Bigfork graduate discovers passion for welding
Grace Stewart is pictured at Bigfork High School on Thursday, May 20. Mackenzie Reiss/Bigfork Eagle
Bigfork Eagle | June 2, 2021 2:20 AM
Eighteen-year-old Grace Stewart wasn’t a natural when it came to welding at least, at first.
She struggled through her first shop class which was part welding and part auto mechanics that she’d signed up for with a friend. Stewart hoped to get a few life skills out of it, but instead, discovered her future career. The Bigfork High School graduate will be leaving Montana this summer to attend Tulsa Welding School this August. Once completing the seven-month trade school, Stewart plans to work for a Navy ship building company based in Missouri and one day, open a custom welding shop of her own.
While initially welding proved to be challenging, she kept at it, pushing past her frustrations until Stewart was making clean, beautiful welds. There’s a lot more to joining two pieces of metal than one might think — it’s about controlling speed, voltage, temperature and the distance between torch and the material.
“If it’s a good weld then the slag will just peel off of it and I've done that a couple times and it’s the best feeling ever,” Stewart said.
After her intro course, Stewart took an advanced welding class with James Meyer. It was there that her passion for metal fabrication was solidified. One particular project stands out in her memory — a t-joint weld for which she earned high praise from her instructor.
“Mr. Meyer told me that I was the best in the class and that was the moment I knew I wanted to do it,” Stewart said.
According to the U.S. BUreau of Labor Statistics, the median wage for welders is $44,190 with an expected job field growth of 3% over the next decade — on par with most occupations in the U.S. Stewart will be joining a traditionally male-dominated field, but she isn’t afraid to stand out.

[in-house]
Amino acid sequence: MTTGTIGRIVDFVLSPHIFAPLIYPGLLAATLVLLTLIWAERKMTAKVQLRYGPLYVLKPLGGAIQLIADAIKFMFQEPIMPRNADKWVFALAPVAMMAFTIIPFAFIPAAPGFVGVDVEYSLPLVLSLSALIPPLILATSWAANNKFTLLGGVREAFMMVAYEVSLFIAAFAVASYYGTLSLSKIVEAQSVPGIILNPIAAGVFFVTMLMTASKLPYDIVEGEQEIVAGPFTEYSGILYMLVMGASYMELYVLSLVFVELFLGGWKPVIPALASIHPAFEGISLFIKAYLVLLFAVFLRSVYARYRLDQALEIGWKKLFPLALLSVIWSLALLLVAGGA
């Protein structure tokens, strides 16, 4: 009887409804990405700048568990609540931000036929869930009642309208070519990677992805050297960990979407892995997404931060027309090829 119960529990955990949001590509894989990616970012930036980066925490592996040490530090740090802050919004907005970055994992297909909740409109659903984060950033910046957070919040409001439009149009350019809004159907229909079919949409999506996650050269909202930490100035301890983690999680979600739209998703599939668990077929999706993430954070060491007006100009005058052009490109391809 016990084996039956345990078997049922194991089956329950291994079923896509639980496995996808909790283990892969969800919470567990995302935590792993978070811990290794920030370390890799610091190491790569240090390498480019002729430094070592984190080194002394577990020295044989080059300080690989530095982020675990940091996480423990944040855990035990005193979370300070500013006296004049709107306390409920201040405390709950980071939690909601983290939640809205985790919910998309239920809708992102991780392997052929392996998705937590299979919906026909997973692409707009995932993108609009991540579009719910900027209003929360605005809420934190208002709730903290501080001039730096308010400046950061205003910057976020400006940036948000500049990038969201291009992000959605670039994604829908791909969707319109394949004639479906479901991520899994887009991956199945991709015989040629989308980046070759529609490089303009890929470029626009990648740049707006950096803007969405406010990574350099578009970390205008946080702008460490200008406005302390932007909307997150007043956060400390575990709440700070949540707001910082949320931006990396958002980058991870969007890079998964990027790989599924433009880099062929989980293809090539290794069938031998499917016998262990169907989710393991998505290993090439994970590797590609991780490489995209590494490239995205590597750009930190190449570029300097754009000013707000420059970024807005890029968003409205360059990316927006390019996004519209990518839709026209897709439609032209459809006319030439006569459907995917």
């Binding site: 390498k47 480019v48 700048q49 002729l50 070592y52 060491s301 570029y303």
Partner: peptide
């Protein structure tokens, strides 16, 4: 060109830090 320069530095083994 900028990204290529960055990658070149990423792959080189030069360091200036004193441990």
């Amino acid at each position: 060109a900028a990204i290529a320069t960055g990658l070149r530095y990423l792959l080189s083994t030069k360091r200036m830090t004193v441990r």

“I was the only girl in that class and that was kind of motivating … nobody else wanted to do it,” she recalled. “I always like being unique. Plus, it’s a lot of money. The salary is very enticing.”
Part of the reason she discovered welding is Stewart’s generalist nature. In high school, she didn’t box herself into one particular interest — she’s tried her hand at a variety of hobbies and sports.
“My parents really emphasized that … they wanted me to be a well rounded person,” Stewart said.
Stewart enjoys western riding with her family and has a deep love for animals, especially goats, which she’s raised in the past.
“Goats have so much personality — they're the ultimate pet. They’re super low maintenance, you can feed them pretty much anything,” she said, noting that in retirement she could see herself living in Switzerland with a dairy goat farm.
She’s also gone on adventures with the Bigfork Cave Club and stayed active all four years of high school between swim, track and her favorite, cross-country.
“It's the most low-key, off the wall sport. It’s not funded. There’s like barely any people in it. The bus rises were great because everybody is super close,” Stewart said. But the sport was also one that challenged her. She considers cross-country the toughest of the high school sports because of the mental and physical demands necessary to succeed.
“You have to get through the mental block of not being able to breathe for a long time and you have to train so much harder and so much longer to get to where you can be in competition shape,” she said.
But for the next few months, Stewart will be preparing for a different kind of journey — learning a trade and starting life beyond high school.
“I'm incredibly excited,” Stewart said. “I need to see new things.”